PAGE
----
Wednesday, July 16, 2008

Learning Guitar = Living On the Edge?

Last week I taught a one-week guitar course at Haliburton School of the Arts.

I had eleven adult students, with a wide variety of experience. Some had never played guitar before at all, some had a little bit of experience, and others had decades of playing under their belts. All week they worked away at learning how to make chords, how to play bass runs, how to keep time and play together, how to fingerpick and how to sing a bunch of folk, country, and blues songs. It was a challenging and exhilarating week for me.

And almost a week later, I am left with a feeling of deep respect and awe for my students. Signing up for a class like this means you are purposely putting yourself in the position of trying to do something you don't know how to do. How often do we as adults put ourselves in that position? I would venture that most of us find a certain comfort zone in our lives, where we rarely risk looking stupid. We gain training, take jobs, develop expertise, and stick with it. Once we are adults, do we ever openly admit to having no clue as to what we're doing?

And yet, most of the people in this class had no clue what they were doing at least part of the time. That's why they were in the class, after all. So they spent a lot of the week, out there at the edge of their comfort zone, trying to play "boom-chuck." They were patient, open, and they all made big strides over the week. It was a joy, as well as a very humbling experience, to spend time with them and help them on their musical path.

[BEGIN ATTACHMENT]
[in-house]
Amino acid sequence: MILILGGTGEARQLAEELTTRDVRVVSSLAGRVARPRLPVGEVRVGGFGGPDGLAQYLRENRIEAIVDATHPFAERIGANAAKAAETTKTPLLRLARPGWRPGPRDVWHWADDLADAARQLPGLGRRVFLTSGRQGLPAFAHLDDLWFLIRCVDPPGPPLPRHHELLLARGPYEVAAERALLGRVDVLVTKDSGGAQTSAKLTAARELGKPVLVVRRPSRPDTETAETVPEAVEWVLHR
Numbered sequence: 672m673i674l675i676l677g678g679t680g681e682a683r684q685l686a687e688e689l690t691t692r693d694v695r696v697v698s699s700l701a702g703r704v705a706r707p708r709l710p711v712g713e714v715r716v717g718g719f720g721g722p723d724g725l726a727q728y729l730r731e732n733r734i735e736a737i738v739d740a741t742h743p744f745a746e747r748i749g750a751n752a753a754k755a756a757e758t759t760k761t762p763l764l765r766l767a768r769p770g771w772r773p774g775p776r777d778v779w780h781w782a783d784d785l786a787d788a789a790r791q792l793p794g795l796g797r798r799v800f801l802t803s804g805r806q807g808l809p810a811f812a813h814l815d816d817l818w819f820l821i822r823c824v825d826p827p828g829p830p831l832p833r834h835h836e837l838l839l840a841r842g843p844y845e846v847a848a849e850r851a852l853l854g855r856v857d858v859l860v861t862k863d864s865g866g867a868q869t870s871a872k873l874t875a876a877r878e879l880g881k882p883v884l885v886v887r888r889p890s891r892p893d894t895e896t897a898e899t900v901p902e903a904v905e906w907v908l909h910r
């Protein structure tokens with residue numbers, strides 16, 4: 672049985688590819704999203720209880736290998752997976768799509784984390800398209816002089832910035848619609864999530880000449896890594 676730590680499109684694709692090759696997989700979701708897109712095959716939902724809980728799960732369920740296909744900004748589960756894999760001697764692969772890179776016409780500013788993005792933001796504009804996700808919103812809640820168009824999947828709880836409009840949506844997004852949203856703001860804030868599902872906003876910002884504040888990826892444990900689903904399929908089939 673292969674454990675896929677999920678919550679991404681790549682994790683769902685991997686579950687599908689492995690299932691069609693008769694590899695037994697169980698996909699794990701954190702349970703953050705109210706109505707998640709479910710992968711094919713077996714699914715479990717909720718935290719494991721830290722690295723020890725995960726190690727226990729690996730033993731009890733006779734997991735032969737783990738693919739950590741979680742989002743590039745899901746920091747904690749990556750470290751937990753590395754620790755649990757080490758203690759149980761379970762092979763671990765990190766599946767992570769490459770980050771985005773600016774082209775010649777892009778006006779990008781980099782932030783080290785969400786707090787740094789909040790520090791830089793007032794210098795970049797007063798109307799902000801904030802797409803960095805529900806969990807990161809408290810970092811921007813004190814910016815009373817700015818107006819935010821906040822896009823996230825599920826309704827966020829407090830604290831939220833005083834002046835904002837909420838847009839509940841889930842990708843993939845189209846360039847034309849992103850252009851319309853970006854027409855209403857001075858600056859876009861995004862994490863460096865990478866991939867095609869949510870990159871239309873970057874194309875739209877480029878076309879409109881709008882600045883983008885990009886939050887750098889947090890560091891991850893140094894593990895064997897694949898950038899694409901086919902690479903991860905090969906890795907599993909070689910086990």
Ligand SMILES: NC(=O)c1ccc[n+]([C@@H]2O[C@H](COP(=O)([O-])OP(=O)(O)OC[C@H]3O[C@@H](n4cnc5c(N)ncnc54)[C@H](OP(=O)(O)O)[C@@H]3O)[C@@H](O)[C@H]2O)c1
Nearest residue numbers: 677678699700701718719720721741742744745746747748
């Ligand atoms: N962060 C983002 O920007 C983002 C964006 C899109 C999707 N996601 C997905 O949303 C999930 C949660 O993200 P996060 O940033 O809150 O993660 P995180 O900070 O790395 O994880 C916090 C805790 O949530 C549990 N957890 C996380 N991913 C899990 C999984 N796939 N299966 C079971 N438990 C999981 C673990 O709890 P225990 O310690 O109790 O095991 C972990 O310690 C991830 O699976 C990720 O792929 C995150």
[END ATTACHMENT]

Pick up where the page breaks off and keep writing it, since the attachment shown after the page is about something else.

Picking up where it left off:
One of my students was zoom, author of a blog called knitnut, and this morning I turned on my computer to find this very fine post on her blog. I was already in the middle of writing this piece, but she put it better than I ever could. Thanks zoom! And thanks to all of my Haliburton students for living on the edge.



Anonymous Anonymous said...

Thank YOU Eve for being such a patient and creative teacher. I was impressed by how you managed to customize your teaching style for so many different individuals within a group.

July 21, 2008 at 11:27 AM  
Blogger Eve Goldberg said...

Thanks zoom,

I try!


July 21, 2008 at 4:20 PM  

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Location: Toronto, ON, Canada

I'm a musician and songwriter based in Toronto.

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